),
  );
  // https://github.com/rt2zz/redux-persist#persiststorestore-config-callback
  persistStore(
    store,
    {
      storage: AsyncStorage,
      debounce: 500,
    },
    () => {
      // After rehydration completes, we detect initial connection
      isNetworkConnected().then(isConnected => {
        store.dispatch({
          type: offlineActionTypes.CONNECTION_CHANGE,
          payload: isConnected,
        });
        callback(); // Notify our root component we are good to go, so that we can render our app
      });
    },
  );
  
  return store;
}

Then, our root React component will have some local state, that initially will impose the component to return null, waiting until the async operations complete. Then, we trigger a setState to render the application.

// App.js
import React, { Component } from 'react';
import { Provider } from 'react-redux';
import configureStore from './store';
import Root from './Root';

class App extends Component {
  constructor(props) {
    super(props);
    this.state = {
      isLoading: true,
      store: configureStore(() => this.setState({ isLoading: false })),
    };
  }
  
  render() {
   if (this.state.isLoading) return null;
    
    return (
      <Provider store={this.state.store}>
        <Root />
      </Provider>
    );
  }
}

export default App;

This way, we make sure the right actions are dispatched before anything else can be.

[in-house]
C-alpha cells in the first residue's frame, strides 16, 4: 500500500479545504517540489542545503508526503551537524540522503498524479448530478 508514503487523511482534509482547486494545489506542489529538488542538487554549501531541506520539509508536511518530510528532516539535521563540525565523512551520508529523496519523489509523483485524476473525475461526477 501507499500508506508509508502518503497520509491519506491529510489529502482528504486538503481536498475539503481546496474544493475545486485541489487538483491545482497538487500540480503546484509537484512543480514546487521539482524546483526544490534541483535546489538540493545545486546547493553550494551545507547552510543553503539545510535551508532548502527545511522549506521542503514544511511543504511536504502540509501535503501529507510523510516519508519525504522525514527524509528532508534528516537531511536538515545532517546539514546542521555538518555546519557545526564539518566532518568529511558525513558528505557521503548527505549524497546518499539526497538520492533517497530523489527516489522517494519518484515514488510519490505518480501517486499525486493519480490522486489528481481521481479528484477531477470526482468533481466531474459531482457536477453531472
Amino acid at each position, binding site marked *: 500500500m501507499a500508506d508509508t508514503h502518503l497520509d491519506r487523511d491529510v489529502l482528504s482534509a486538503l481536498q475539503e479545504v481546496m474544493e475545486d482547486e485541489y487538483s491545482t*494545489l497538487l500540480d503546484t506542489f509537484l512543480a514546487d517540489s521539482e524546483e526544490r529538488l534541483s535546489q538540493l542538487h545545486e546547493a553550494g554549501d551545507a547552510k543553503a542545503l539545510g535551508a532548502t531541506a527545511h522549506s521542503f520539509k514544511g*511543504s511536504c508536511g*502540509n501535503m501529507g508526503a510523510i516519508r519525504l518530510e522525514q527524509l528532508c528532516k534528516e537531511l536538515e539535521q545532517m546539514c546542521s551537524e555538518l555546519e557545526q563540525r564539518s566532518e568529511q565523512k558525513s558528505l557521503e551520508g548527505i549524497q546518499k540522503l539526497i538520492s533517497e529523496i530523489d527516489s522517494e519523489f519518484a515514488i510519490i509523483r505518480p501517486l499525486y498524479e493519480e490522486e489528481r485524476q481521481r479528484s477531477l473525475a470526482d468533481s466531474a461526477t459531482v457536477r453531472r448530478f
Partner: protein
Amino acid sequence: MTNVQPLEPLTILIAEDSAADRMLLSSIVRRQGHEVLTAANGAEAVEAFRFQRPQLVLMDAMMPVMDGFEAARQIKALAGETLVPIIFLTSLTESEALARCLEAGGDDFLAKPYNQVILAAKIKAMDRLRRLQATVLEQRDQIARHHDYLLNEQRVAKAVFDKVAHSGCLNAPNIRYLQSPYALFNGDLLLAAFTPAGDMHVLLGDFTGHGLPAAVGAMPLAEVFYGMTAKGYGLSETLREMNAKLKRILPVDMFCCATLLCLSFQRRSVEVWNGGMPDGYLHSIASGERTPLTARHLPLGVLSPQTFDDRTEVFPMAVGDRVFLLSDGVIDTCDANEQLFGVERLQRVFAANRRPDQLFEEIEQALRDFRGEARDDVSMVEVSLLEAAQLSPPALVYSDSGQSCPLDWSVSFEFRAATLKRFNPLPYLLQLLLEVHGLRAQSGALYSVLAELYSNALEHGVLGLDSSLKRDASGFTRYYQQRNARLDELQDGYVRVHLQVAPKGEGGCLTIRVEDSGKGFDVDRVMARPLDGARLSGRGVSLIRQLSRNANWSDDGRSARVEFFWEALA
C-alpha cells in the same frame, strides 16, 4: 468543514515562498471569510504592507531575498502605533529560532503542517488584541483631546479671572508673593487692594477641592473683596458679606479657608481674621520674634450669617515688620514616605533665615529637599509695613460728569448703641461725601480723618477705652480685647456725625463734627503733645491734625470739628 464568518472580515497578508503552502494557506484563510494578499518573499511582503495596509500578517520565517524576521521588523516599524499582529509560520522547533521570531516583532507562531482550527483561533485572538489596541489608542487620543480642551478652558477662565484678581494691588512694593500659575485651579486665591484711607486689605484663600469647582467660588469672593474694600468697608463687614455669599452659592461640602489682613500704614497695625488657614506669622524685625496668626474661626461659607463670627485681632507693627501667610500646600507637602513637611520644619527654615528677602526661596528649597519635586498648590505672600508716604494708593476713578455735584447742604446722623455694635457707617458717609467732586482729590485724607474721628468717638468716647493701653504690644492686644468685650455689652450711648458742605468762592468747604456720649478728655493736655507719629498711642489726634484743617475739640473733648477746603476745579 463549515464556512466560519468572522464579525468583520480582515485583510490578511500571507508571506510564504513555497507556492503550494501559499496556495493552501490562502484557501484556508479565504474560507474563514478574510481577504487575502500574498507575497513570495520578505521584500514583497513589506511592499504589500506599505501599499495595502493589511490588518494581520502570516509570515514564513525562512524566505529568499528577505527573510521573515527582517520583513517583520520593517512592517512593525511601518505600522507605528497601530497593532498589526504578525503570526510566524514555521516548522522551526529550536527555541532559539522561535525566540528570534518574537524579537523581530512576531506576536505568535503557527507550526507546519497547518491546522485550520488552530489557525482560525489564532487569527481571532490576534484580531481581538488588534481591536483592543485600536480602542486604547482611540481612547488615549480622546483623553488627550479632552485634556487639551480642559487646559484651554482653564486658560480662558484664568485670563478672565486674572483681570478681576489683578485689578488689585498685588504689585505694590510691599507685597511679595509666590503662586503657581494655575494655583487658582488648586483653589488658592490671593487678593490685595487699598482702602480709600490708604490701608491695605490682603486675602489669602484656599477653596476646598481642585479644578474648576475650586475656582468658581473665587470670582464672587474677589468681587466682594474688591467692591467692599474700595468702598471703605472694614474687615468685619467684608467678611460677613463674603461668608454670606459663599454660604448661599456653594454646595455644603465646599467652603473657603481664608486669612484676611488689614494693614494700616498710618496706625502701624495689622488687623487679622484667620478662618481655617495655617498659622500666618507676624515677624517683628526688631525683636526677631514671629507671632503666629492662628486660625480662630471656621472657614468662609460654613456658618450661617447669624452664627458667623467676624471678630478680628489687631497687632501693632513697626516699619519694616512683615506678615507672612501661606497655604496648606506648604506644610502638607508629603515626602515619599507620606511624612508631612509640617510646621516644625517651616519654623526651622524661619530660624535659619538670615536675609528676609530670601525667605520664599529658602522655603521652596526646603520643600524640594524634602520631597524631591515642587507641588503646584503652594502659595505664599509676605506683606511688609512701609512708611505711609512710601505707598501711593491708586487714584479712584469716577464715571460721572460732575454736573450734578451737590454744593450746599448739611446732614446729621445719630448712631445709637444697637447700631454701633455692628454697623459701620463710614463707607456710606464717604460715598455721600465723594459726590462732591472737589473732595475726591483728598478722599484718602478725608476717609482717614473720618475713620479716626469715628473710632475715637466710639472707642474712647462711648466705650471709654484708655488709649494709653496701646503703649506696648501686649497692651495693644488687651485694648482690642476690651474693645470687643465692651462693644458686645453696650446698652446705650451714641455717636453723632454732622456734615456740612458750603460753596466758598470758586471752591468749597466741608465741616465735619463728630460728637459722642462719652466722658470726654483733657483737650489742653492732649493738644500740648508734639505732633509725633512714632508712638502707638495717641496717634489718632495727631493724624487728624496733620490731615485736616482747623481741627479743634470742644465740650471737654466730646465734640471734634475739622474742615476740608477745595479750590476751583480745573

How to intercept and queue actions when the server responds with client (4xx) or server (5xx) errors

You can do that by dispatching yourself an action of type @@network-connectivity/FETCH_OFFLINE_MODE. The action types the library uses are exposed under offlineActionTypes property.

Unfortunately, the action creators are not exposed yet, so I'll release soon a new version with that fixed. In the meantime, you can check that specific action creator in here, so that you can emulate its payload. That should queue up your action properly.

import { offlineActionTypes } from 'react-native-offline';
...
fetch('someurl/data').catch(error => {
  dispatch({
    type: actionTypes.FETCH_OFFLINE_MODE,
    payload: {
      prevAction: {
        type: action.type, // <-- action is the one that triggered your api call
        payload: action.payload,
      },
    },
    meta: { retry: true }
  })
);

Contributions

PRs are more than welcome. Please, submit an issue for discusing the feature because jumping to coding. Generally speaking, code has to adhere to eslint and prettier rules, be typed with flow and should have some test coverage.

Inspiration

Thanks to Spencer Carli for his awesome article about Handling Offline actions in React Native, which served me as inspiration for the offline queue implementation.

License

MIT